Page last updated at 15:30 GMT, Tuesday, 23 June 2009 16:30 UK

Banks 'not Robin Hood in reverse'

Bank statement showing overdraft charges
Billions of pounds of past and future bank income are at stake

The House of Lords has been told that banks are not "Robin Hoods in reverse" when they levy overdraft fees.

Seven banks and the Nationwide Building Society have started their Appeal to stop the Office of Fair Trading (OFT) regulating their overdraft fees.

Jonathan Sumption QC claimed the banks were not taxing the overdrawn for the benefit of others.

However, he told the Law Lords that overdraft fees involved a large element of cross-subsidy.

The outcome of the hearing may decide if millions of bank customers are able to reclaim billions of pounds in past charges from their banks.


Mr Sumption, for the banks, argued that existing consumer contract regulations did not give the OFT the power to regulate prices.

Nearly a million people have claimed for the return of their unauthorised overdraft charges but their cases are on hold
If the banks win this week's appeal, these people are unlikely to get any money back
If the banks lose, then the legal arguments should move on to a key stage - a case to determine whether these charges were fair or not
Only then will people have a clearer picture as to whether billions of pounds will be handed back to customers

He said that bank overdraft fees were required to be clear but were not necessarily required to be fair.

The High Court and the Court of Appeal have both previously upheld the right of the OFT to scrutinise the fairness of bank charges under the 1999 Consumer Contract Regulations.

Mr Sumption said both of the lower courts had been wrong, and had both over-refined and overcomplicated the interpretation of the regulations.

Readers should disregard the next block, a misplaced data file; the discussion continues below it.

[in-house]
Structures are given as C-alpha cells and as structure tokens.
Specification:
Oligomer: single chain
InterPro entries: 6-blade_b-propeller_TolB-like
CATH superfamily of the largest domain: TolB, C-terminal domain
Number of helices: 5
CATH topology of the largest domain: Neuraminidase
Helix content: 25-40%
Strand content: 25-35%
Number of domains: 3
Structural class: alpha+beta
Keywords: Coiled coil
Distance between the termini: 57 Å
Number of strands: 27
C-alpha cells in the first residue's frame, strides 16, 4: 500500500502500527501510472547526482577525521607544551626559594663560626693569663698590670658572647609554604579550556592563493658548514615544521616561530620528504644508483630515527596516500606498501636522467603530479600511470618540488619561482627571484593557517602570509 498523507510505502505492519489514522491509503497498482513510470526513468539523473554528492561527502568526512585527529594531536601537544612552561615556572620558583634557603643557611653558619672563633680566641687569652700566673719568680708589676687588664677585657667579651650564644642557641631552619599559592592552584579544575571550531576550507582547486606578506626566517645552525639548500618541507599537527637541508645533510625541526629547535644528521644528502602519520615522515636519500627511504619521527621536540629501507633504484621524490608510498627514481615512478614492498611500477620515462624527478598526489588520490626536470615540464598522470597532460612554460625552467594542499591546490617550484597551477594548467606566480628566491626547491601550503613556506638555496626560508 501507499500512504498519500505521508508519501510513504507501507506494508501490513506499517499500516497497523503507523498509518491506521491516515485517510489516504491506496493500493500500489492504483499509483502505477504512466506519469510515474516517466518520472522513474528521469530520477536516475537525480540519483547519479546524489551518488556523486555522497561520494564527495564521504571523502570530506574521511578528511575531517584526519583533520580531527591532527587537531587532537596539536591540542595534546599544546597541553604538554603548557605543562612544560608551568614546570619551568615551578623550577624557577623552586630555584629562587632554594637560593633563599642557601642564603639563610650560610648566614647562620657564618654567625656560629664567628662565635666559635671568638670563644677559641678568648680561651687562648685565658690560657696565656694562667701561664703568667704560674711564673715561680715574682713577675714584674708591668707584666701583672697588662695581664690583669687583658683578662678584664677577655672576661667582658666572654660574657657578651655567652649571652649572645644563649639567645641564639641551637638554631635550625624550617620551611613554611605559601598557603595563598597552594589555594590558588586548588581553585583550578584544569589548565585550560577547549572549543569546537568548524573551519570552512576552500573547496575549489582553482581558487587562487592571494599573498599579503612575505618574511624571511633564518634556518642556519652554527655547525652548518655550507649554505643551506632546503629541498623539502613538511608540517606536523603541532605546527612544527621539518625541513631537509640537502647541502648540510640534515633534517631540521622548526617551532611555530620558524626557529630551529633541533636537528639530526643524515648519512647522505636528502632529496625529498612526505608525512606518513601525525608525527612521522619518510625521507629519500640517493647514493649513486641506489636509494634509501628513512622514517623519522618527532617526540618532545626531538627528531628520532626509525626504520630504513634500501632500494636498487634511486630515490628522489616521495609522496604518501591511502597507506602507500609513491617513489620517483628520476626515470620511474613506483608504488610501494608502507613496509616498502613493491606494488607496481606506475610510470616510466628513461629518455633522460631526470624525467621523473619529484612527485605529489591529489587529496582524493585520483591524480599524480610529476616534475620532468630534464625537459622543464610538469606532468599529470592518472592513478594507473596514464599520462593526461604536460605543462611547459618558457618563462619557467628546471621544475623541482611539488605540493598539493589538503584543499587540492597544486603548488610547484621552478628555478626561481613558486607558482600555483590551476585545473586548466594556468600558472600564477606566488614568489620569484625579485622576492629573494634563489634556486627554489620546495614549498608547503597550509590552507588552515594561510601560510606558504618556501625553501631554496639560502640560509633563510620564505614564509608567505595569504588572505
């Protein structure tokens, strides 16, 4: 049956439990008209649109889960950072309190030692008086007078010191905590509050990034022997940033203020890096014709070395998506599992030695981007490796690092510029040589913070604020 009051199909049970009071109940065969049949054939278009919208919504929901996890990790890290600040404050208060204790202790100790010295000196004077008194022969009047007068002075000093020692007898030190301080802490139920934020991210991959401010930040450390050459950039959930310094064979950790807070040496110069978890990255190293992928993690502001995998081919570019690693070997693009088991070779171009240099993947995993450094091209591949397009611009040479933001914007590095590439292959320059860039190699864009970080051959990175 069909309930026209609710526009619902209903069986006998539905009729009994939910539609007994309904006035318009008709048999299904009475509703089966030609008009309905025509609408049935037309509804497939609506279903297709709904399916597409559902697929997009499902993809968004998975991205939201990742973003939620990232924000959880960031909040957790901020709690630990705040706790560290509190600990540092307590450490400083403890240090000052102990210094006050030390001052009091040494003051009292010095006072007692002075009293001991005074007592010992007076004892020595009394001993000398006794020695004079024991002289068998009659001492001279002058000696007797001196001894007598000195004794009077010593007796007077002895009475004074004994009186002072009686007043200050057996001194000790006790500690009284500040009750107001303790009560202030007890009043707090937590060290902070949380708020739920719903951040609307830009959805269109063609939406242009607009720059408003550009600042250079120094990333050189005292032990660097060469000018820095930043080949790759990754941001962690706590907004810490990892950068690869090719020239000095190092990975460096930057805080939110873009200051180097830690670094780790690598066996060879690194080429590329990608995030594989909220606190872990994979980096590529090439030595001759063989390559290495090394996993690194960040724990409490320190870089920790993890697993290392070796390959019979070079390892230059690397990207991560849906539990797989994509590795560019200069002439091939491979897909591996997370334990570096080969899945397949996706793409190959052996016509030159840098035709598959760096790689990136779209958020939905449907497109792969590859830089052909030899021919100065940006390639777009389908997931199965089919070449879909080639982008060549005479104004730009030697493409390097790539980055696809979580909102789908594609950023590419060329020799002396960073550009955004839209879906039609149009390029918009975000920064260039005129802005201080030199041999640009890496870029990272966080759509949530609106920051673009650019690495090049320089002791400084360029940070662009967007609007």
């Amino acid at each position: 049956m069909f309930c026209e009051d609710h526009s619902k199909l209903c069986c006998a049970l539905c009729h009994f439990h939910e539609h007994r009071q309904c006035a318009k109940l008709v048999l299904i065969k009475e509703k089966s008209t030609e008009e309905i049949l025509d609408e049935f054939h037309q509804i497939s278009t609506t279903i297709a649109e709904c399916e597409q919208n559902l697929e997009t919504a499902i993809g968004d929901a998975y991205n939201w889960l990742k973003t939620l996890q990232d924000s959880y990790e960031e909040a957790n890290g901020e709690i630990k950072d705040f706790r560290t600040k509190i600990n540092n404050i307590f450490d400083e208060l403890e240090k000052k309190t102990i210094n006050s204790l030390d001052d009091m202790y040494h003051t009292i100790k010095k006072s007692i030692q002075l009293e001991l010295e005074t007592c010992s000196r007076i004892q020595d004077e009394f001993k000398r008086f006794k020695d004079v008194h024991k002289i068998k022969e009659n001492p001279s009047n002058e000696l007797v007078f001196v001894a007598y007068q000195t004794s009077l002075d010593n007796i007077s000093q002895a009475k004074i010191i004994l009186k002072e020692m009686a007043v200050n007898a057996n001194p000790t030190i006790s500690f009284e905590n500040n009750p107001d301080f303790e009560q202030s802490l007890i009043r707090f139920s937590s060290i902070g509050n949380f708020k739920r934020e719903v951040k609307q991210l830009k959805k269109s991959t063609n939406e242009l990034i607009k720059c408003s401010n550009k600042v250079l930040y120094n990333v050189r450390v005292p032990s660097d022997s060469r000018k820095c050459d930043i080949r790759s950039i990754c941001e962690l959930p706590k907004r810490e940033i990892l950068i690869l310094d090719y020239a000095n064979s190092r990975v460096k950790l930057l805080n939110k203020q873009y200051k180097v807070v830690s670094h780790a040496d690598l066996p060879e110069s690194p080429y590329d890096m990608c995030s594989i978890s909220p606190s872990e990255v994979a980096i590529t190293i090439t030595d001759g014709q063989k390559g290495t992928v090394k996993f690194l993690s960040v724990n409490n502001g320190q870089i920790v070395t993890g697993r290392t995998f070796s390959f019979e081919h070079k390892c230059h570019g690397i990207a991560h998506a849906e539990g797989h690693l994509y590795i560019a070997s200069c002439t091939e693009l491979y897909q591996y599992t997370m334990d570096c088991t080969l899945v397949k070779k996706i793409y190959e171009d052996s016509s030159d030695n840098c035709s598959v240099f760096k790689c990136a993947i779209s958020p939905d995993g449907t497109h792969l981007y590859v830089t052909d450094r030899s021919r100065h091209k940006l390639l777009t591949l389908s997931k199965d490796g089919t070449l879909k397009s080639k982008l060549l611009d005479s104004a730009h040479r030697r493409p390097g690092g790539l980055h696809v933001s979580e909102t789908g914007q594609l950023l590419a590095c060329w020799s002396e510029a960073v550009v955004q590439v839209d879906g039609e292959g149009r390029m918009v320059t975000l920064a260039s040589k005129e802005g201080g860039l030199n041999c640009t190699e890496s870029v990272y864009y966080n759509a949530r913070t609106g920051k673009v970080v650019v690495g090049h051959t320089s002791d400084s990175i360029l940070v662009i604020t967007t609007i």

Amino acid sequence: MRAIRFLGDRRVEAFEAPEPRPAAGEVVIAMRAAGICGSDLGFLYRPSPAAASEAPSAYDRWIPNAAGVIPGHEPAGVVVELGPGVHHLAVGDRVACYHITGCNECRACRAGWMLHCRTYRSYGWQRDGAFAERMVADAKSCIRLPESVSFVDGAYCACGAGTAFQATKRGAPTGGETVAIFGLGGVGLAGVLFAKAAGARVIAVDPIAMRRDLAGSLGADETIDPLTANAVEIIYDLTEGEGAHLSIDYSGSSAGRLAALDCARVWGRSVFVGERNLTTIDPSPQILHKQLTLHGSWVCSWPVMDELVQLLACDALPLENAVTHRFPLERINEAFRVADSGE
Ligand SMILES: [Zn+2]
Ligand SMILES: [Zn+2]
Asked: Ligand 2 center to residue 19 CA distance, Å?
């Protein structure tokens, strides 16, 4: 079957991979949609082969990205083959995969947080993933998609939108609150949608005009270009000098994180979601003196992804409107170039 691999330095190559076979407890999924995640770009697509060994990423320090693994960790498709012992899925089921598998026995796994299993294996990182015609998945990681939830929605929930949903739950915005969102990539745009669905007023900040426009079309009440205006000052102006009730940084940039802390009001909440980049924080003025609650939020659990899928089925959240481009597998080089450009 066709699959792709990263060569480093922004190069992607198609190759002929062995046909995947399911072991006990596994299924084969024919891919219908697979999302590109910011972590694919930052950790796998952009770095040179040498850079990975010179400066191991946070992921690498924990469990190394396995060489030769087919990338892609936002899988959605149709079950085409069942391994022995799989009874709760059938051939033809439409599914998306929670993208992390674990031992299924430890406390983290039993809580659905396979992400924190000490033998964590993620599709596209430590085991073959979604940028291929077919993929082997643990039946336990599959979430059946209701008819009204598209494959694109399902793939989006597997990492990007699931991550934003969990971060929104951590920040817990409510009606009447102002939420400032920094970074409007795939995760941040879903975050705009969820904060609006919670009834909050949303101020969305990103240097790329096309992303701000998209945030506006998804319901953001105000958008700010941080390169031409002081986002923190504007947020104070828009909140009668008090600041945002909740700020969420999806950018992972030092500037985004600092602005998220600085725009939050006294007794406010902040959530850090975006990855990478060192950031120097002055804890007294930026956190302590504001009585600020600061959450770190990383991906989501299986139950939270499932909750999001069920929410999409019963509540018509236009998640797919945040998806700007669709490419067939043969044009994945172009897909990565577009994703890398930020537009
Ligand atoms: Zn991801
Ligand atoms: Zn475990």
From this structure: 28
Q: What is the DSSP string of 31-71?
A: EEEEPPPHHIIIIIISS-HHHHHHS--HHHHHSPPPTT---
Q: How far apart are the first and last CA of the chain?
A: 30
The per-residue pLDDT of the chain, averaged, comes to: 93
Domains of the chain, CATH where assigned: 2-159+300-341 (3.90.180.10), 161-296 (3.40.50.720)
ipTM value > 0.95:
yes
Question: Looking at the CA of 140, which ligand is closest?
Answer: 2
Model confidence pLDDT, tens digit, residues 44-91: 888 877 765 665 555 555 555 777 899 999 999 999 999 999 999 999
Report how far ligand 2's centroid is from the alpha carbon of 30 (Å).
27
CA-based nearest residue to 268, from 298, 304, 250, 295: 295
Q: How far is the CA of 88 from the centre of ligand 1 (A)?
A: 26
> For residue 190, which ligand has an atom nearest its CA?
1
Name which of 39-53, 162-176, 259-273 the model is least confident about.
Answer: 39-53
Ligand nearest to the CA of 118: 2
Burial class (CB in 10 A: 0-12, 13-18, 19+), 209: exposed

He pointed out that the regulations were not designed as a mechanism of price control and were not aimed at regulating what services were offered or the price charged.

They did not, he argued, apply to the main subject matter of a contract or the price being charged for it - only to ancillary or contingent charges.

"The overdraft charges are too fundamental to the bargain to be declared unfair," he said.


He told the five Law Lords hearing the appeal that overdraft fees involved a large element of cross-subsidy.

Jonathan Sumption QC
Jonathan Sumption QC is arguing the banks' case

People who went overdrawn without permission were paying part of the cost of providing current accounts to people who always stayed in the black.

So the charges exceeded the cost of dealing with an overdrawn customer because "the revenue stream is essential to the whole of the current account structure".

Mr Sumption explained that cross-subsidies were common in the banking industries of other countries such as France, Canada, Australia and the US.

He said they were common in the charging structures of many other complex sets of services such as airline ticket prices or mobile phone tariffs and were not objectionable.

One of the Law Lords asked if it was the case that bank charges included a surcharge to subsidise those who did not go into the red.

Another Lord suggested overdrawn customers were being taxed for the benefit of others.

But Mr Sumption said it was "tendentious nonsense" to suggest that banks were operating as Robin Hoods in reverse.

He went on to say that a victory for the OFT might render all past overdraft payments unenforceable and might lead to "restitution".

"The OFT has significantly raised the stakes," he said. "The issues are of considerable importance to consumers and the future of retail banking."

Earlier rulings

Mr Sumption spent the rest of the day picking apart the earlier rulings by the High Court judge Mr Justice Andrew Smith and the three judges in the Court of Appeal.

In particular, he said the Appeal Court had been "fundamentally wrong" to draw a distinction in the regulations between essential terms and prices, which could not be scrutinised by the OFT, and non-essential or incidental terms and prices - such as overdraft fees, which could be regulated.

"The distinction between core and non-core prices have no place in the regulations," he said.

"No such distinction can be found in the language of the regulations. All prices are by their very nature essential as the contract cannot work if the price is unenforceable."

Mr Sumption went on to describe the Court of Appeal's approach as "opaque and impractical" which might lead to "absurd" conclusions.

"The courts are not authorised to treat some prices as inessential," he said.

The hearing is expected to finish on Thursday.

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